Rabbi David’s message from October 29 Unity Vigil
The carnage of Saturday, October 27, at the Tree of Life Synagogue in Pittsburgh, was the most fatal assault on a Jewish institution in United States history. And the deep irony is that the Pittsburgh synagogue – where 11 lost their lives, thousands lost relatives and friends, and maybe America lost some of her innocence – is named for a Tree of Life.
The Tree of Life lives. It connects us all. As does the carnage. As does the hatred that fuels bloodshed and fear. The same xenophobia that aimed at the Tree of Life Synagogue also targets Muslims, people of color, LGBT Americans and immigrants. It targeted a supermarket in Kentucky last week because the gunman couldn’t enter an AME church. It hit a Charleston church a year ago. It targets our collective soul.
Torah records that God created with words, starting with light. Light is the first building block of spiritual life, but something came first before light. והארץ היתה תהו ובהו וחושך על פני תהום / “Earth was a chaotic mess, and darkness was on the face of the deep” (Gen. 1:2). Chaos and darkness pre-existed creation; chaos and darkness are with us still.
We – you, me, all of us together – are in the “chaos to cosmos” business. Our task in spiritual life is to bring light to the darkness.
How? We bring light much as the Biblical Creator brought light – from the unity of our shared soul, with love, with words and with actions.
The mezuzah that marks Jewish doorways symbolizes all of this. The mezuzah proclaims our Unity: שמע ישראל יהו”ה אלהינו יהו”ה אחד / “Hear, Israel, YHVH our God, YHVH is Unity.” It next calls us to love in Unity: ואהבת את יהו”ה אלהיך בכל לבבך ובכל נפשך ובכל מעודך / “Love YHVH your God with all your heart, with all your soul, with all you’ve got.” The mezuzah is a symbol of unity and love. The mezuzah is a beacon for Jewish life.
And now, in this time of darkness when Jews again are targeted for being Jews, the mezuzah also stands for the risk we take to be Jews – and the risk we all take to love and shine. It’s a risk to open the heart when it hurts. It’s a risk to open the heart when we feel unsafe. The risk may cost us dearly. It might even cost us our lives. But a life that lacks the freedom to be fully ourselves, a life that lacks the power to love, a life that shirks the duty to repair the world, a life that loses the hope of healing, is not a full life.
That’s why the risk is worth taking. Our people have taken this risk for centuries; we’ve paid the price with our blood. It might be that hate and carnage will continue. And if so, we’ll stand up every time. There is no other way for us. It is because we know the suffering of the stranger, the widow and the orphan, the outsider, the senseless hatred that singes the soul of our very humanity, that we know to open our hearts for others.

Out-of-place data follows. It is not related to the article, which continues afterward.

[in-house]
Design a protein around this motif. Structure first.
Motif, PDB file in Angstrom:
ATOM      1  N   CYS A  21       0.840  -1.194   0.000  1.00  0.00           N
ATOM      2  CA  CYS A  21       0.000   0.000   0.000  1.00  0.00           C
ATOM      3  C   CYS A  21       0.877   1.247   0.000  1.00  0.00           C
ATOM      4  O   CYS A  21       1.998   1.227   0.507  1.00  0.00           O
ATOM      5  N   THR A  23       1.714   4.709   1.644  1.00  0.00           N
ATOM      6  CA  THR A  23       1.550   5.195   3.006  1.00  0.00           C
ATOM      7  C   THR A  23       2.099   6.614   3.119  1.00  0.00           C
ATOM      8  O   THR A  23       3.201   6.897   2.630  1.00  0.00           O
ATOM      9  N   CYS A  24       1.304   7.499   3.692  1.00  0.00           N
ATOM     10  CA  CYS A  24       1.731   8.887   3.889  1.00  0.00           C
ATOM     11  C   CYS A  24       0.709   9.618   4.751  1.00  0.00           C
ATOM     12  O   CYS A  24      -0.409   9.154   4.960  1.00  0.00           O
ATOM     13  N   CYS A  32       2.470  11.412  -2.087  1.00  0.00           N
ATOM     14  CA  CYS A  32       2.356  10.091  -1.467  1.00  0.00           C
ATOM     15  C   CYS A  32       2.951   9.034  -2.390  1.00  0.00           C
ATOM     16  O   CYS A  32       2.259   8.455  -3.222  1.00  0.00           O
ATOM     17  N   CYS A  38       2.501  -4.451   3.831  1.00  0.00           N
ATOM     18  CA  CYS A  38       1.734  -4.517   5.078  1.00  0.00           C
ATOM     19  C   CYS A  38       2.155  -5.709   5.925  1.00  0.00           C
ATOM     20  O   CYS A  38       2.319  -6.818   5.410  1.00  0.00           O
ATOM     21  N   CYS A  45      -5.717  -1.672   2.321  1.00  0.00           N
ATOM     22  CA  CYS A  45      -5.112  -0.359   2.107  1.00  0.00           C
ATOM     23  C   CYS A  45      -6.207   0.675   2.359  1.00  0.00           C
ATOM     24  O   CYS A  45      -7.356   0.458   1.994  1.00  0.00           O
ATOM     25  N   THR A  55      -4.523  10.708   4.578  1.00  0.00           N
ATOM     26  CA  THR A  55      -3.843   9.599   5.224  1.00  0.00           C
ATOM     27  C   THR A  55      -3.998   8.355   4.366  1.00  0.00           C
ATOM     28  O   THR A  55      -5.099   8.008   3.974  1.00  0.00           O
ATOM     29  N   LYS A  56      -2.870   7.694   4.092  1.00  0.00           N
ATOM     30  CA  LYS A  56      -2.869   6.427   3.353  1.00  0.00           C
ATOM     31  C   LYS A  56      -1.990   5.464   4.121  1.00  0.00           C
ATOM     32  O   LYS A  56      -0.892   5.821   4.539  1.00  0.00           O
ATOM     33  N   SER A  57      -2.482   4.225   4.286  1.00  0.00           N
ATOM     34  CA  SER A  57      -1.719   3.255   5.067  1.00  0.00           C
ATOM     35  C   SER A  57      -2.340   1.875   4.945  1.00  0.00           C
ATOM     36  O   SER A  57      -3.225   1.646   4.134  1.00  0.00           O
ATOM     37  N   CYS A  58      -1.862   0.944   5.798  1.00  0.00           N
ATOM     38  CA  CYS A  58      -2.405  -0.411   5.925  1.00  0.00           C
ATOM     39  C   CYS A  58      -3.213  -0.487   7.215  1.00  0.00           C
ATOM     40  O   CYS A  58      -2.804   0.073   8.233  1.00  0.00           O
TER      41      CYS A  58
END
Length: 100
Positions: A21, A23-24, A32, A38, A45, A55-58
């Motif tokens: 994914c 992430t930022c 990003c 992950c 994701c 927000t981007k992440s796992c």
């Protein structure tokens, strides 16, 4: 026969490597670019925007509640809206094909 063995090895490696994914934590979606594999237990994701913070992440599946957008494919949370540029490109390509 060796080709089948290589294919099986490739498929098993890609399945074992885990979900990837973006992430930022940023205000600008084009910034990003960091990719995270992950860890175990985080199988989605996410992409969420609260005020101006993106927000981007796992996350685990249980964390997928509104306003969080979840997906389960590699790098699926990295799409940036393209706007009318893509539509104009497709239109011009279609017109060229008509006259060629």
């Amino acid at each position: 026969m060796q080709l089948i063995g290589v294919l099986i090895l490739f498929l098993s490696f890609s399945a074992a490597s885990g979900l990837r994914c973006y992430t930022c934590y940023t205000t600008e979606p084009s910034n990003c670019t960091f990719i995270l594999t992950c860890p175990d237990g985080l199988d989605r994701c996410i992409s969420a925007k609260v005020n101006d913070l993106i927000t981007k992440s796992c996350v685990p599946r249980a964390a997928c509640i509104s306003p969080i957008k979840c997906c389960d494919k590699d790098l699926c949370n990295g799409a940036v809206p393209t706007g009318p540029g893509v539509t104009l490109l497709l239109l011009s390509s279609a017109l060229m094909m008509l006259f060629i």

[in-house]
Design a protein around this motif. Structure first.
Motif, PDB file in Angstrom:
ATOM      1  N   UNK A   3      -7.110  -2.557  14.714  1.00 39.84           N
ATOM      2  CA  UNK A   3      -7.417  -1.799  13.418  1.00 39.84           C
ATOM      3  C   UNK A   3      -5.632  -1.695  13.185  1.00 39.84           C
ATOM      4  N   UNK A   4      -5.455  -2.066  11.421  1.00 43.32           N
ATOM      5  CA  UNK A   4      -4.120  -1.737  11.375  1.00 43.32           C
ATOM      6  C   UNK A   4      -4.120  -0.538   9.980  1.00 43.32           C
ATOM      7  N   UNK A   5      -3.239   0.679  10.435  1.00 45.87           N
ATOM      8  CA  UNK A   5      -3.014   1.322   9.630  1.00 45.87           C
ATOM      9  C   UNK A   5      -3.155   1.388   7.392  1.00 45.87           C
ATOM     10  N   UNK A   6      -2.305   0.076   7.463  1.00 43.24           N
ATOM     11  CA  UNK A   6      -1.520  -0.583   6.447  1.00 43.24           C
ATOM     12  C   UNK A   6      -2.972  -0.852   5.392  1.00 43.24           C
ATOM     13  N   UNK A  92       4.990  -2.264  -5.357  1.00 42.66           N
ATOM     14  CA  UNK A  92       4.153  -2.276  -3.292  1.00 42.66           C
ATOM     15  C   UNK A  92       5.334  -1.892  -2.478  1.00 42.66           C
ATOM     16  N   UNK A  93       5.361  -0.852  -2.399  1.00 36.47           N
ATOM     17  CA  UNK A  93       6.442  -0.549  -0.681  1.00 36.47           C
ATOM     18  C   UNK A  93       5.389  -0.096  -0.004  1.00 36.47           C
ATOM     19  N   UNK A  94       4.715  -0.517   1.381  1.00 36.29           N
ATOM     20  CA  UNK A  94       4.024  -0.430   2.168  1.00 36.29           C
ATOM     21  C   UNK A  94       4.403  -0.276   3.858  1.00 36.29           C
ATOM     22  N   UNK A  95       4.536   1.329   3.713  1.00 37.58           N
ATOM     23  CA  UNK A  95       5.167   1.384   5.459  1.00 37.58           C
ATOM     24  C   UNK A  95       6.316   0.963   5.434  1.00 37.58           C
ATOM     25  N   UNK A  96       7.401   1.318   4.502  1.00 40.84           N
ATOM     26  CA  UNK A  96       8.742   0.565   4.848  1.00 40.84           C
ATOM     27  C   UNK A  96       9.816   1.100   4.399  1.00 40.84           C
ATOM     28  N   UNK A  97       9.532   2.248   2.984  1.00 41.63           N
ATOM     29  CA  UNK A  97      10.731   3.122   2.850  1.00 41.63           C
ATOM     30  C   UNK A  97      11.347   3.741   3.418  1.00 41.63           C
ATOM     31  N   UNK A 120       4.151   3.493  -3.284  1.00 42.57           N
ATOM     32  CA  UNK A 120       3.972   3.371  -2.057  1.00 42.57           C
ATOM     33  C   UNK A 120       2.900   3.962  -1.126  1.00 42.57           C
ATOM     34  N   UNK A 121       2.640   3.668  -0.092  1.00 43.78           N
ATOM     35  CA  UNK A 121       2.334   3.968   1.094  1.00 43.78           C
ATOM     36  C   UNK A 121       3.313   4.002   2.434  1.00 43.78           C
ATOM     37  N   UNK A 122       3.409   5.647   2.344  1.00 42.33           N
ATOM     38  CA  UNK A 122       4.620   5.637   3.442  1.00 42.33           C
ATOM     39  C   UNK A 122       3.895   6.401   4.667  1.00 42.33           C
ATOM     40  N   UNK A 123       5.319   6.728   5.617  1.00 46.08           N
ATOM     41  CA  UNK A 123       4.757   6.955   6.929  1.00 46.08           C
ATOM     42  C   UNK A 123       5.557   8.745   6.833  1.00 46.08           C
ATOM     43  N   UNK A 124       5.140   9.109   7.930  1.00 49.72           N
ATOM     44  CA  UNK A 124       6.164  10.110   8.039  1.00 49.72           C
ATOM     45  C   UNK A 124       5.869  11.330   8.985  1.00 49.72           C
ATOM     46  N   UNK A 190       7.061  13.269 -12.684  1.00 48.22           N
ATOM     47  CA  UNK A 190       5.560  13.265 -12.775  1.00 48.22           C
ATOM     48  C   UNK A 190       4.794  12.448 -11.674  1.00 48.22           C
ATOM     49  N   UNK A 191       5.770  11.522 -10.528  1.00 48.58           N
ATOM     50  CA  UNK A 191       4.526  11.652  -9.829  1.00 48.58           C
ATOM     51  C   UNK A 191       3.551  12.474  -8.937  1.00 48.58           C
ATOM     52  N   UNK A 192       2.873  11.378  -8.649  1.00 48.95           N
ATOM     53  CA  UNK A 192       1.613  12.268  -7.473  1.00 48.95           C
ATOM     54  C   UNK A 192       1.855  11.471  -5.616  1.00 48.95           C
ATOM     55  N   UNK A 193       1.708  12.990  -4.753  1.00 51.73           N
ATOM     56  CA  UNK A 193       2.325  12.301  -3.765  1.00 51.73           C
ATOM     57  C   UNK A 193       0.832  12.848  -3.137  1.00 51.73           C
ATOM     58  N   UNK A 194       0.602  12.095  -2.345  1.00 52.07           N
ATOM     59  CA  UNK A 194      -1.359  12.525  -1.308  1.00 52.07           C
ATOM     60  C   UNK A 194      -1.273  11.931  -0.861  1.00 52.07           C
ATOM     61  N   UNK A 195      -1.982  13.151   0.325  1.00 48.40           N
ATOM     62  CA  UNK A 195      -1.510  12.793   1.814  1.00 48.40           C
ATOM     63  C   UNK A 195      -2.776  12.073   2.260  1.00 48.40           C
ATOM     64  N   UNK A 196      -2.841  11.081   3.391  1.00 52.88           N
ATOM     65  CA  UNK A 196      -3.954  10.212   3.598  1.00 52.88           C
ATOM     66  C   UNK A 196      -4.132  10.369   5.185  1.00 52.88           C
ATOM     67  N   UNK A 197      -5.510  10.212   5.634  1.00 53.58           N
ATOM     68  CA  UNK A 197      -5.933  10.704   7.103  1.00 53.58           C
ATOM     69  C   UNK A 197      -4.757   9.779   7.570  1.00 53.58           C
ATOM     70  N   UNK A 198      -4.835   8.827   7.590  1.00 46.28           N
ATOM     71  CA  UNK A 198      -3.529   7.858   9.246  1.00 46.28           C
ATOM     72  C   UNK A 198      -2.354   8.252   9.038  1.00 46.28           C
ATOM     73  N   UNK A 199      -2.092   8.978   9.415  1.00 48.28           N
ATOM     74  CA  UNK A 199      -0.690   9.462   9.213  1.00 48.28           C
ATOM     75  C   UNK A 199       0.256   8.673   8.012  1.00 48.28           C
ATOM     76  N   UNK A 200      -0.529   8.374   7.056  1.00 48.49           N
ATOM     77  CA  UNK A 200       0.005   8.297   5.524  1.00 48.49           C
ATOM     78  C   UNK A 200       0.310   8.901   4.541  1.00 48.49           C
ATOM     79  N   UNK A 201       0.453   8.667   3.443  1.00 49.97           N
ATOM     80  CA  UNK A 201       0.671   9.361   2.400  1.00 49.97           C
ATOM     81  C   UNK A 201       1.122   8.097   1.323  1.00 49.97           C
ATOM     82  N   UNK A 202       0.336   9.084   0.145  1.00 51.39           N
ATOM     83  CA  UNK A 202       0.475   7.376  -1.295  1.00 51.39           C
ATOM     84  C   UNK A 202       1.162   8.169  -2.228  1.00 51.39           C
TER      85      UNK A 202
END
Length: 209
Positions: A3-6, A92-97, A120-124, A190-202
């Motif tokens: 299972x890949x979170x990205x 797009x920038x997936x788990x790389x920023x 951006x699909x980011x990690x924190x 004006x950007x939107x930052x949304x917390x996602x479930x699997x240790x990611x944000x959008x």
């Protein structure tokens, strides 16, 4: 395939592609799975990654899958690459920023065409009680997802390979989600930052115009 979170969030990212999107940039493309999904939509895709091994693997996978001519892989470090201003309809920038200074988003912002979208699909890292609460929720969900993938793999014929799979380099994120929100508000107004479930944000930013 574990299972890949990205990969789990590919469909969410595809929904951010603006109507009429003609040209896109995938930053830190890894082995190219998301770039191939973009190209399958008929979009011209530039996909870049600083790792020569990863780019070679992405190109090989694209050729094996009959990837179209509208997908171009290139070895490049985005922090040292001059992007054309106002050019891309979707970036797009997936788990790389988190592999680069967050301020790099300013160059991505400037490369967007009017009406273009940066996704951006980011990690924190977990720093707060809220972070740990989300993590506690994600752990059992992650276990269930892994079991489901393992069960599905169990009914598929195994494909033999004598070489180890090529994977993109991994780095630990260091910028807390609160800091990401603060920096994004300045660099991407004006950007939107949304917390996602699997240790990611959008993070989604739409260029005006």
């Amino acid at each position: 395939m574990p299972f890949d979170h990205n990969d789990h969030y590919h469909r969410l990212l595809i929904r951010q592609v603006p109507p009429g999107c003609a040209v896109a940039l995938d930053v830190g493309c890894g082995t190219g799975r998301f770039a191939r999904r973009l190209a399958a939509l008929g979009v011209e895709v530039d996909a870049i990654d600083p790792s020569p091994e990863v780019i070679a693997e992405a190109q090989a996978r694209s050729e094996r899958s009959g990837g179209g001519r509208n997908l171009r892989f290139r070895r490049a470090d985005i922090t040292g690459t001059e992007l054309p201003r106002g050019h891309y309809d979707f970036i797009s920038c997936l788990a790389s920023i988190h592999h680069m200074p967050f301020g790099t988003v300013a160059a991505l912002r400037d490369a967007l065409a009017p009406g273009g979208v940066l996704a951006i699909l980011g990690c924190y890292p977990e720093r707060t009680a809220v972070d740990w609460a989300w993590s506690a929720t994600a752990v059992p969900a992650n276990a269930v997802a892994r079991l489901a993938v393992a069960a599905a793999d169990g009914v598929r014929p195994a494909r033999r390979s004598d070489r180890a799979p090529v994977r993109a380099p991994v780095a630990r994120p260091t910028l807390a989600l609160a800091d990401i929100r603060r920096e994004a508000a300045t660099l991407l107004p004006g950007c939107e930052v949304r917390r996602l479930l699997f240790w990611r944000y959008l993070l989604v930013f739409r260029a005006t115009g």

We who flourish in this so-called “land of the free” now stand among the many who extend hands to the next wave who seek the same blessings and offer many blessings in return. That’s why the Pittsburgh shooter targeted Jews: his Twitter feed railed against the Hebrew Immigrant Aid Society (HIAS). That’s why the attack on the Tree of Life Synagogue is an attack on our national Tree of Life, and an attack on the sacred Tree of Life that is all human unity.
But the Tree of Life lives on. We will not let terror diminish our light. We will be lights in the darkness today and tomorrow – and as we all shine, we will send darkness scrambling.
We dedicate these 11 candles to the memory of 11 murdered at the Tree of Life Synagogue for being Jews. We dedicate these 11 candles to strengthening our resolve to nourish the sacred Tree of Life, to shine with ever more empathy, to offer the good words of our lips and the good works of our hands to all who are marginalized.
Today we mourn our Jewish losses. And with the light of these candles, the stirring of our hearts and the tears of our eyes, we dedicate ourselves today and tomorrow to healing the Tree of Life that is our wounded nation.
Please stand as we dedicate these candles to the memory of the victims of murder at the Tree of Life Synagogue:
May their memories be for a blessing.